Accused killer faces new charge

By Abby Morris
Star Staff

   A Valley Forge man whose trial was delayed last week due to new evidence coming to light has now been charged with an additional offense connected to the murder he has been charged with.
   John Vernon Campbell, 40, 175 Chambers Hollow Road, was served with an indictment Tuesday afternoon which had been handed down by a Carter County grand jury charging him with abuse of a corpse in connection with the death of 33-year-old Terri Sanders Abbott.
   Campbell was taken into custody by the Carter County Sheriff's Department in July 2003 after a specially called grand jury handed down an indictment against him charging him with first-degree murder and felony murder.
   Abbott's body was discovered on March 8, 2003 near the Blue Hole Recreation Area in the Stoney Creek community by a man from Kingsport and his two sons who had been riding dirt bikes in the area and had pulled off the roadway to "scout a fishing spot in the stream flowing along Panhandle Road," according to reports. While scouting the stream, one of the man's sons spotted Abbott's body in the stream.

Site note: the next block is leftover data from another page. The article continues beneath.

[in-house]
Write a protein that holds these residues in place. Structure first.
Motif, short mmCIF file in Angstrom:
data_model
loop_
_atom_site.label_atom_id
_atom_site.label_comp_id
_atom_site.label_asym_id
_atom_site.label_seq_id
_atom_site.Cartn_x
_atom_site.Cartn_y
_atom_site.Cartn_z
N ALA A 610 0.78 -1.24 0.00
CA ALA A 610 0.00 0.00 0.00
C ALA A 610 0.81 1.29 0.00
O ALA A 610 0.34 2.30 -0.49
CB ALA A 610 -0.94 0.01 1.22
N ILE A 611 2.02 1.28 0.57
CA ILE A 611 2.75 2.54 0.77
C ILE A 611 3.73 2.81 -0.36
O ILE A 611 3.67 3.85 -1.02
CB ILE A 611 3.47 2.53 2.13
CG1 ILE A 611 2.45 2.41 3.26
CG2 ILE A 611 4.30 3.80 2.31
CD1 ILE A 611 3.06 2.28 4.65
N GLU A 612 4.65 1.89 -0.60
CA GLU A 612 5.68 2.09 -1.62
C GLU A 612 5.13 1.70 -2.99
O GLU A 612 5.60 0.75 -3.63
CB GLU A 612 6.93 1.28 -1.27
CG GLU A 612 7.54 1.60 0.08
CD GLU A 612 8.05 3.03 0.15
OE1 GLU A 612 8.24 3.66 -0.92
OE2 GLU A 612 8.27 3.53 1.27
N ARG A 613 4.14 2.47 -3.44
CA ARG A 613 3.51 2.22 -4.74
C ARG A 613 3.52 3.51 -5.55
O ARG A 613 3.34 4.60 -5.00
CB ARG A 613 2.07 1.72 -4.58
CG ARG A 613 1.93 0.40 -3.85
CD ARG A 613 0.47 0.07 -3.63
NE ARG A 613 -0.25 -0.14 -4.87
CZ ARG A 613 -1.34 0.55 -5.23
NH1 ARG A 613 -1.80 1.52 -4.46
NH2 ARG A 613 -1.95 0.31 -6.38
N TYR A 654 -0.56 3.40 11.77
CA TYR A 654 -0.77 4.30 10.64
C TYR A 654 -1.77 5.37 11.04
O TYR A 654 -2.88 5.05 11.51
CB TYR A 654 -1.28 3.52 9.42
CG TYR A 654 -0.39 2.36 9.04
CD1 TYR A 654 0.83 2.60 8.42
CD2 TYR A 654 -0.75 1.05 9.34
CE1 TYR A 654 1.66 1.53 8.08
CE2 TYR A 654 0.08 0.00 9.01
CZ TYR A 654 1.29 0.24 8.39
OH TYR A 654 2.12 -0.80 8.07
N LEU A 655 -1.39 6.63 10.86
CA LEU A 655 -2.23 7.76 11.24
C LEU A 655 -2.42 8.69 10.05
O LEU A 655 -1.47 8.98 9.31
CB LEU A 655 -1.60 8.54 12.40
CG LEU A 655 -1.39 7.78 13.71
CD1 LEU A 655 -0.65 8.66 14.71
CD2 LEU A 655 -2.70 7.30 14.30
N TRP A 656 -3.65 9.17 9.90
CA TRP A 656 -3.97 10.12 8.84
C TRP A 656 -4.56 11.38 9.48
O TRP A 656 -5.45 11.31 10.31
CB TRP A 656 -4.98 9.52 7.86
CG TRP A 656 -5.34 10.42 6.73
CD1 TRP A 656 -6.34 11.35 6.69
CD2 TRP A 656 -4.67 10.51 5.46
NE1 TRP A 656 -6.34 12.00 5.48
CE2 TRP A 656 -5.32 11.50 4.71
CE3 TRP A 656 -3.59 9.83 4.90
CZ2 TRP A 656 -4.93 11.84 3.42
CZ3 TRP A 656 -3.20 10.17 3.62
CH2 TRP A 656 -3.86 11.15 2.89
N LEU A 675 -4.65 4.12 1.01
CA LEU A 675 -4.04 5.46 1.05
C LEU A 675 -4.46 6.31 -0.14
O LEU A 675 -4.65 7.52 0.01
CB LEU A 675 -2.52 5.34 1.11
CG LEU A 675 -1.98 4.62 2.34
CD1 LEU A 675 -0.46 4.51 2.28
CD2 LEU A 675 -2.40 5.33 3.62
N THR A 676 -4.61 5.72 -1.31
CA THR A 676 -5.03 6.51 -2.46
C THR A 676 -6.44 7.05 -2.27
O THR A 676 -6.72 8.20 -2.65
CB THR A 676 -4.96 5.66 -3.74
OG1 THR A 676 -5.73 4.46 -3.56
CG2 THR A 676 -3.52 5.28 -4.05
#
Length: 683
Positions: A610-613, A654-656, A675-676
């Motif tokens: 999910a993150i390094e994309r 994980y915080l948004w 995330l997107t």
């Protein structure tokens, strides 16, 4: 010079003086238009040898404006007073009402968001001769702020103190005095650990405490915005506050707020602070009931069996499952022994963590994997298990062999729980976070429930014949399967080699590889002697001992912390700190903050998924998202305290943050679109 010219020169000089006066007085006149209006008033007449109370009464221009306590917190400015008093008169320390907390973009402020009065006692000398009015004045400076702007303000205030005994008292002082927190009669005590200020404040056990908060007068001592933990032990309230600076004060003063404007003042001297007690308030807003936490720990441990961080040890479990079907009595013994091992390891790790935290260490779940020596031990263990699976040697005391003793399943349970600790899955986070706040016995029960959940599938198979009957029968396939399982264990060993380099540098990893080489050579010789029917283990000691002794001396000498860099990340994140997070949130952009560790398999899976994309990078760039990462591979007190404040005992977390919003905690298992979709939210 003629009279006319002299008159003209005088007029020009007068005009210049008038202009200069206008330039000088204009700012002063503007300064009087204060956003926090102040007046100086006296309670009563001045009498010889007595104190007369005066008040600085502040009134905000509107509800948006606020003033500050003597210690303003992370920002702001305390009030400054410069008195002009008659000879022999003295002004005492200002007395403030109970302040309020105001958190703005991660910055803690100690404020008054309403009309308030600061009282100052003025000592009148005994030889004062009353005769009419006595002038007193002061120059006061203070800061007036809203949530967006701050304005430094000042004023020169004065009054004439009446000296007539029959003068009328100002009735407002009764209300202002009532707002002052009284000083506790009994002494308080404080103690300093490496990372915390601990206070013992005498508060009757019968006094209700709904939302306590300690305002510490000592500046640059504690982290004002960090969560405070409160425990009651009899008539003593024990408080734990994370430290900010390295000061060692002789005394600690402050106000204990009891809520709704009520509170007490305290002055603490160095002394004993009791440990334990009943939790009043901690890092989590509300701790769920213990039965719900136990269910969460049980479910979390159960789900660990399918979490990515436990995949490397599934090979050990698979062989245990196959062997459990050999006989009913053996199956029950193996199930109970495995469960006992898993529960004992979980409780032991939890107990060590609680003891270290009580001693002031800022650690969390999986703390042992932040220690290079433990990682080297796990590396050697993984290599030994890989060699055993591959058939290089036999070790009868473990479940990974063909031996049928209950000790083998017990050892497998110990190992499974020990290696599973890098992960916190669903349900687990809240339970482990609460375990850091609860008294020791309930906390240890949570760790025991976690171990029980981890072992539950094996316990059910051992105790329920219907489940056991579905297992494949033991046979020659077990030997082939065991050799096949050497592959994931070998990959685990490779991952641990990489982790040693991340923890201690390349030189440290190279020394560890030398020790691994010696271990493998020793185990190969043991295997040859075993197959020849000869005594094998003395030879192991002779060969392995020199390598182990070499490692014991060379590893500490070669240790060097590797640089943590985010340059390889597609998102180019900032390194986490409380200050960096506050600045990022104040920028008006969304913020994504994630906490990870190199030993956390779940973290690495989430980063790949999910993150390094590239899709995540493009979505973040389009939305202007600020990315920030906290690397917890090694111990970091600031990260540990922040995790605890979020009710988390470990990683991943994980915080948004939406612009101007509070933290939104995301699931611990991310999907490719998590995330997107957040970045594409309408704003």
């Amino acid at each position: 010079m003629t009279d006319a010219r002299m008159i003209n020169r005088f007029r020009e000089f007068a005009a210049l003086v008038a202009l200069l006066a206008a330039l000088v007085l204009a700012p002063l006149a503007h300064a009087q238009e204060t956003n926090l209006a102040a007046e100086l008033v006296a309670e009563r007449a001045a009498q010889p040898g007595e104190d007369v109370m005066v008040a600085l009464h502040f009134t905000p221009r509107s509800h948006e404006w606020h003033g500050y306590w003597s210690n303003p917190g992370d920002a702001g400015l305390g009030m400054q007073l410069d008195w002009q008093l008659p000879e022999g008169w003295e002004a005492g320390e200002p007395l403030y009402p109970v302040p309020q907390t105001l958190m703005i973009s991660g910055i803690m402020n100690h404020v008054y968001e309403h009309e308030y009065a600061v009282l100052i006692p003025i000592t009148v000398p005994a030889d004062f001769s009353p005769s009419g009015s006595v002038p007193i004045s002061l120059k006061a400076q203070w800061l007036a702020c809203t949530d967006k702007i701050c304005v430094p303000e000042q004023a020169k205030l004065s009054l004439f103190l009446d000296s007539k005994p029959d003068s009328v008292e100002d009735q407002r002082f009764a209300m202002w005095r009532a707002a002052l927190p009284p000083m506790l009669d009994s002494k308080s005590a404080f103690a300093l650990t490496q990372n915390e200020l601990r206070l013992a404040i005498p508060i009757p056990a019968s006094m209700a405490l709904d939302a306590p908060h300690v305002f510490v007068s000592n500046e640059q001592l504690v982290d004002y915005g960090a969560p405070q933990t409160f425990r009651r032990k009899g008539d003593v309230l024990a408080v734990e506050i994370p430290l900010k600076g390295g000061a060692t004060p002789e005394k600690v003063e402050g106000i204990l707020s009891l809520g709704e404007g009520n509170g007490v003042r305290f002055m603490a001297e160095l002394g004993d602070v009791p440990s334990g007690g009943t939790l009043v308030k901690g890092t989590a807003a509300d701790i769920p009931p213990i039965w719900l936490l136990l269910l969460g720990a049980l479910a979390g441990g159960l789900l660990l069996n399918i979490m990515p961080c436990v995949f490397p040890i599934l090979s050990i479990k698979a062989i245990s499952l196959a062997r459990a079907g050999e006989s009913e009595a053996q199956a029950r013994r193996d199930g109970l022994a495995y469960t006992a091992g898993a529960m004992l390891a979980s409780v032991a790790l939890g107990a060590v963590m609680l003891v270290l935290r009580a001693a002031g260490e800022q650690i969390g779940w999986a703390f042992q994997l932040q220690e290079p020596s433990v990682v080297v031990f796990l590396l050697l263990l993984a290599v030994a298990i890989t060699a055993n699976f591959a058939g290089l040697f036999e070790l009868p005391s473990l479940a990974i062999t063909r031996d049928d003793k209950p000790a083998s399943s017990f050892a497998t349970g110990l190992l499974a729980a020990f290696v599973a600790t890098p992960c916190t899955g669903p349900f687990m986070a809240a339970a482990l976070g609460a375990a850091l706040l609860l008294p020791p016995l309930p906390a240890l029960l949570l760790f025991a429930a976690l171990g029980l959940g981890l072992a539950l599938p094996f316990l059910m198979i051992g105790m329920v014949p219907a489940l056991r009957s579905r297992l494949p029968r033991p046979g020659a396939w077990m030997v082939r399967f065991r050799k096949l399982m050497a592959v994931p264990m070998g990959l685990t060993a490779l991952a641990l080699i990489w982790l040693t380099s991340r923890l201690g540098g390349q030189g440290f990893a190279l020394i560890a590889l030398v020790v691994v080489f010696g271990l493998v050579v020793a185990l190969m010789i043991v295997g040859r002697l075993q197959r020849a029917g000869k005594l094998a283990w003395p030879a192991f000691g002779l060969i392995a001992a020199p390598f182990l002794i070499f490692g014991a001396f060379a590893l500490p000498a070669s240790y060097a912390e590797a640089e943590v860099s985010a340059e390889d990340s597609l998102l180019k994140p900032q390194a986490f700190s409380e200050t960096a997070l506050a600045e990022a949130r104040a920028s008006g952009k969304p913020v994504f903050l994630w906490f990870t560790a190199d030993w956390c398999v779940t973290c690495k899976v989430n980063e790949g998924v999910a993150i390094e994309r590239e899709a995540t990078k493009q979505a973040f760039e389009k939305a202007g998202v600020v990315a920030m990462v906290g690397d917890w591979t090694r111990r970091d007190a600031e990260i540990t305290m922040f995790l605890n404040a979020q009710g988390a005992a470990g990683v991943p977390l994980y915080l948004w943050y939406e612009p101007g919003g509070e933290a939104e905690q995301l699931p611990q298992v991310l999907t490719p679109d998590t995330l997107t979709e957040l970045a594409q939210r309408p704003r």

An autopsy determined that Abbott died of several blunt force traumas to the head.
   At the time the body of Abbott was discovered, Carter County Sheriff John Henson stated that investigators with his department had determined that Abbott had not been killed at that location but rather that her body had been left there after she was dead. "I estimate the body had been there (in the forest) well over a month. We do know that she was hauled out there and dumped and that shows something is wrong," Henson said at the time the body was found. It was later determined in an autopsy that Abbott had died somewhere around Feb. 13 or 14 in 2003, approximately three weeks before her body was found.
   According to state law, a person illegally disposing of a body can be charged with abuse of a corpse, which is a "Class E" felony.
   The trial for Campbell was slated to begin last week, but new evidence prompted the case to be delayed until December 7. According to Assistant District Attorney Ken Baldwin, a test performed on a piece of evidence looking for the presence of blood yielded significant results and prompted the delay of the case.